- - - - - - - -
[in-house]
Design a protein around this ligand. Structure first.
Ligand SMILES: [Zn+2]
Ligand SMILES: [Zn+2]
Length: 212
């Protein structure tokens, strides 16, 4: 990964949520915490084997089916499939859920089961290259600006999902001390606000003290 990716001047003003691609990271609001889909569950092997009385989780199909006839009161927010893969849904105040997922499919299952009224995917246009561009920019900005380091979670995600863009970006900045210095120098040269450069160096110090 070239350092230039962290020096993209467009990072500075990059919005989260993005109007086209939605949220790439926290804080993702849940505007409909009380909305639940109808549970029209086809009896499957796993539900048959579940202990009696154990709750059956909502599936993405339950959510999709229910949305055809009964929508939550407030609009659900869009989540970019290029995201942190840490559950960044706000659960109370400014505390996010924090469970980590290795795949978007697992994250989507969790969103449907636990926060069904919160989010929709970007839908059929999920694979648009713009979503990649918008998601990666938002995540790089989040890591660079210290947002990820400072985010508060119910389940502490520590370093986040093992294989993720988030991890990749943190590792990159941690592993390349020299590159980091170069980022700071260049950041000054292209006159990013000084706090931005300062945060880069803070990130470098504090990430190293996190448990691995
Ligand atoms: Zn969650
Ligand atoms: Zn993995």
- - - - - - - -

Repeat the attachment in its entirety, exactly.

[in-house]
Design a protein around this ligand. Structure first.
Ligand SMILES: [Zn+2]
Ligand SMILES: [Zn+2]
Length: 212
């Protein structure tokens, strides 16, 4: 990964949520915490084997089916499939859920089961290259600006999902001390606000003290 990716001047003003691609990271609001889909569950092997009385989780199909006839009161927010893969849904105040997922499919299952009224995917246009561009920019900005380091979670995600863009970006900045210095120098040269450069160096110090 070239350092230039962290020096993209467009990072500075990059919005989260993005109007086209939605949220790439926290804080993702849940505007409909009380909305639940109808549970029209086809009896499957796993539900048959579940202990009696154990709750059956909502599936993405339950959510999709229910949305055809009964929508939550407030609009659900869009989540970019290029995201942190840490559950960044706000659960109370400014505390996010924090469970980590290795795949978007697992994250989507969790969103449907636990926060069904919160989010929709970007839908059929999920694979648009713009979503990649918008998601990666938002995540790089989040890591660079210290947002990820400072985010508060119910389940502490520590370093986040093992294989993720988030991890990749943190590792990159941690592993390349020299590159980091170069980022700071260049950041000054292209006159990013000084706090931005300062945060880069803070990130470098504090990430190293996190448990691995
Ligand atoms: Zn969650
Ligand atoms: Zn993995």